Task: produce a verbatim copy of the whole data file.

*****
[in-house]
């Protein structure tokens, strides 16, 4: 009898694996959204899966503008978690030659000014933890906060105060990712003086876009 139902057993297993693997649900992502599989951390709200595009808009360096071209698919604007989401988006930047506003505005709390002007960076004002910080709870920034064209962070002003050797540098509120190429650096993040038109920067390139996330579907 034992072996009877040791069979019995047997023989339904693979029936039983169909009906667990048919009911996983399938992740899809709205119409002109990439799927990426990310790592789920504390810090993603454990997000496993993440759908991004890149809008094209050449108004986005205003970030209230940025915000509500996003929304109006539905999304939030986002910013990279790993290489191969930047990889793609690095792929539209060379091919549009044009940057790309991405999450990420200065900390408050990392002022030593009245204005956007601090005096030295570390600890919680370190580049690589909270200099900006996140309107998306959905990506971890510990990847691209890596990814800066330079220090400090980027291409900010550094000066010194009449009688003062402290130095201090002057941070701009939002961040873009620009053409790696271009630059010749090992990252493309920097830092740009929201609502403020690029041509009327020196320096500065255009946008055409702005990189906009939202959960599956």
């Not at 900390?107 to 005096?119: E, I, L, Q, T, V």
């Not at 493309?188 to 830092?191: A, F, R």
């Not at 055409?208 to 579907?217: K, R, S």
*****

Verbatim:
[in-house]
């Protein structure tokens, strides 16, 4: 009898694996959204899966503008978690030659000014933890906060105060990712003086876009 139902057993297993693997649900992502599989951390709200595009808009360096071209698919604007989401988006930047506003505005709390002007960076004002910080709870920034064209962070002003050797540098509120190429650096993040038109920067390139996330579907 034992072996009877040791069979019995047997023989339904693979029936039983169909009906667990048919009911996983399938992740899809709205119409002109990439799927990426990310790592789920504390810090993603454990997000496993993440759908991004890149809008094209050449108004986005205003970030209230940025915000509500996003929304109006539905999304939030986002910013990279790993290489191969930047990889793609690095792929539209060379091919549009044009940057790309991405999450990420200065900390408050990392002022030593009245204005956007601090005096030295570390600890919680370190580049690589909270200099900006996140309107998306959905990506971890510990990847691209890596990814800066330079220090400090980027291409900010550094000066010194009449009688003062402290130095201090002057941070701009939002961040873009620009053409790696271009630059010749090992990252493309920097830092740009929201609502403020690029041509009327020196320096500065255009946008055409702005990189906009939202959960599956």
């Not at 900390?107 to 005096?119: E, I, L, Q, T, V």
């Not at 493309?188 to 830092?191: A, F, R």
């Not at 055409?208 to 579907?217: K, R, S």